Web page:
Even When it Hurts: Strategic DefaultJune 28, 2010
In the past year it is estimated that at least a million Americans who can afford to stay in their homes simply walked away. — 60 Minutes
Strategic default. The name has an enticing ring to it. Who wouldn’t want to do something strategic, especially when talking about large sums of money? Increasing numbers of Americans are choosing “strategic default”, abandoning their commitment to make their mortgage payments because of the drop in housing prices, which left their homes worth less than the balance owed on their morgages — sometimes, much less. They let the bank foreclose on the house, and seek another house to buy at today’s deeply discounted prices.
What should a Christian think about this? Let’s look at a few scriptures.
Psa 15:1 LORD, who may dwell in your sanctuary? Who may live on your holy hill?
Psa 15:2 He whose walk is blameless and who does what is righteous, who speaks the truth from his heart
Psa 15:3 and has no slander on his tongue, who does his neighbor no wrong and casts no slur on his fellowman,
Psa 15:4 who despises a vile man but honors those who fear the LORD, who keeps his oath even when it hurts,
Psa 15:5 who lends his money without usury and does not accept a bribe against the innocent. He who does these things will never be shaken.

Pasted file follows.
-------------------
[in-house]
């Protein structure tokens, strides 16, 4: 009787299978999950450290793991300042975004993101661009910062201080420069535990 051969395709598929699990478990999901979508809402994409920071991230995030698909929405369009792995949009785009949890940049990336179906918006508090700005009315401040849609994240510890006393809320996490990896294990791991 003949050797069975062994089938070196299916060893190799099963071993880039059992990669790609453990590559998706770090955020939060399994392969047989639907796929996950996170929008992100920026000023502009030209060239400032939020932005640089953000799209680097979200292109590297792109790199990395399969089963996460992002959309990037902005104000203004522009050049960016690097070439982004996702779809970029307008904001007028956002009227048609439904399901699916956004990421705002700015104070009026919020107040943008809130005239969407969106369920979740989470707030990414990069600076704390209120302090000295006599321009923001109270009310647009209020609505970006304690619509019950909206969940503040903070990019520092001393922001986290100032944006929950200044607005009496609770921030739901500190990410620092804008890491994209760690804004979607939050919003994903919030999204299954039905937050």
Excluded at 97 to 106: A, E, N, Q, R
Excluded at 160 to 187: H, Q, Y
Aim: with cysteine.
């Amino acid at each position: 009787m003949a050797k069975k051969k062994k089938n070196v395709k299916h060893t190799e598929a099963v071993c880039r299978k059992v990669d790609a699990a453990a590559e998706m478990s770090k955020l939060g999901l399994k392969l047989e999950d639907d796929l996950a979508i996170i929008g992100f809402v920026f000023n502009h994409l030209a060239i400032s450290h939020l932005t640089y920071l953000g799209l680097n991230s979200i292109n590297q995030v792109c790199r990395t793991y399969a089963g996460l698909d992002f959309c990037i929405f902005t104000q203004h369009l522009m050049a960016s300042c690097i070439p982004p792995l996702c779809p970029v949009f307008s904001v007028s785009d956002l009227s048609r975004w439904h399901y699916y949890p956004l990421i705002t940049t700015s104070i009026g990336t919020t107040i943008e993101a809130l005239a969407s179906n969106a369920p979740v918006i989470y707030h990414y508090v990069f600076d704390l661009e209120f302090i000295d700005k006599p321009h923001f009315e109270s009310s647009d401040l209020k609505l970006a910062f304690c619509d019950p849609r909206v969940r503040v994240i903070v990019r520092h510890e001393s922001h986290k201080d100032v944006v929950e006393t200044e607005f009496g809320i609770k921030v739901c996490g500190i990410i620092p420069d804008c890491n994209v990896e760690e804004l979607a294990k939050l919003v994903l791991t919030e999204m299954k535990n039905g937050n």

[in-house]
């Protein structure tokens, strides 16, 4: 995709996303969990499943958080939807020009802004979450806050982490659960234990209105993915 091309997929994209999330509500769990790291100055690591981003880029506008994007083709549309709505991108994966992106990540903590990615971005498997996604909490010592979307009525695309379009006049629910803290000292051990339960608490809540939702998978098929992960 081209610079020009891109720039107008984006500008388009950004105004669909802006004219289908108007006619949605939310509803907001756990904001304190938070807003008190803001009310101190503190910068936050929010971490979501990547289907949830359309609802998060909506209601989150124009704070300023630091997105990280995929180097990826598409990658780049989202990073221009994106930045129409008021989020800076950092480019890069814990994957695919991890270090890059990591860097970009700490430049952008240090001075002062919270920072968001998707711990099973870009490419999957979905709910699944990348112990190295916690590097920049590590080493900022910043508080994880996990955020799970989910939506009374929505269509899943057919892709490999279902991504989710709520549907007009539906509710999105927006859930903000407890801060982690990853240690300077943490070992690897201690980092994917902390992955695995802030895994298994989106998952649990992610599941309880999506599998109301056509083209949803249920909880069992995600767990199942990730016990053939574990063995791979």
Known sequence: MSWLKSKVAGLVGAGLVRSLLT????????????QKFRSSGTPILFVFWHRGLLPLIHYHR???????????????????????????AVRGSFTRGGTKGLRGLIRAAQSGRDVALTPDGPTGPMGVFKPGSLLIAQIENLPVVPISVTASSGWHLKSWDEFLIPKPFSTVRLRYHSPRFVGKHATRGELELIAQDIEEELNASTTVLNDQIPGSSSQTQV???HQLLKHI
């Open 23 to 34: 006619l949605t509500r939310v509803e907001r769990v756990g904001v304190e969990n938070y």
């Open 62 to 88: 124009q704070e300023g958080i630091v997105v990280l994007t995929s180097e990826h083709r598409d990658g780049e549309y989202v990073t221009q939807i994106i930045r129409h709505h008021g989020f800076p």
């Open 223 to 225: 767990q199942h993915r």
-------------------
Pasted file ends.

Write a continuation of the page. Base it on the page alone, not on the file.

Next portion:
The Old Testament says a lot about keeping your oaths to the Lord.
Ecc 5:2 Do not be quick with your mouth, do not be hasty in your heart to utter anything before God. God is in heaven and you are on earth, so let your words be few.
Ecc 5:4 When you make a vow to God, do not delay in fulfilling it. He has no pleasure in fools; fulfill your vow.
Ecc 5:5 It is better not to vow than to make a vow and not fulfill it.
Ecc 5:6 Do not let your mouth lead you into sin. And do not protest to the temple messenger, “My vow was a mistake.” Why should God be angry at what you say and destroy the work of your hands?
Num 30:1 Moses said to the heads of the tribes of Israel: “This is what the LORD commands:
Num 30:2 When a man makes a vow to the LORD or takes an oath to obligate himself by a pledge, he must not break his word but must do everything he said.
Deu 23:21 If you make a vow to the LORD your God, do not be slow to pay it, for the LORD your God will certainly demand it of you and you will be guilty of sin.
Deu 23:22 But if you refrain from making a vow, you will not be guilty.
Deu 23:23 Whatever your lips utter you must be sure to do, because you made your vow freely to the LORD your God with your own mouth.
Pro 20:25 It is a trap for a man to dedicate something rashly and only later to consider his vows.
Certainly it would be sin to make a vow to God and then not to keep it. But what about a promise made to someone other than to God?
Mat 5:33 “Again, you have heard that it was said to the people long ago, ‘Do not break your oath, but keep the oaths you have made to the Lord.’
Mat 5:34 But I tell you, Do not swear at all: either by heaven, for it is God’s throne;
Mat 5:35 or by the earth, for it is his footstool; or by Jerusalem, for it is the city of the Great King.
Mat 5:36 And do not swear by your head, for you cannot make even one hair white or black.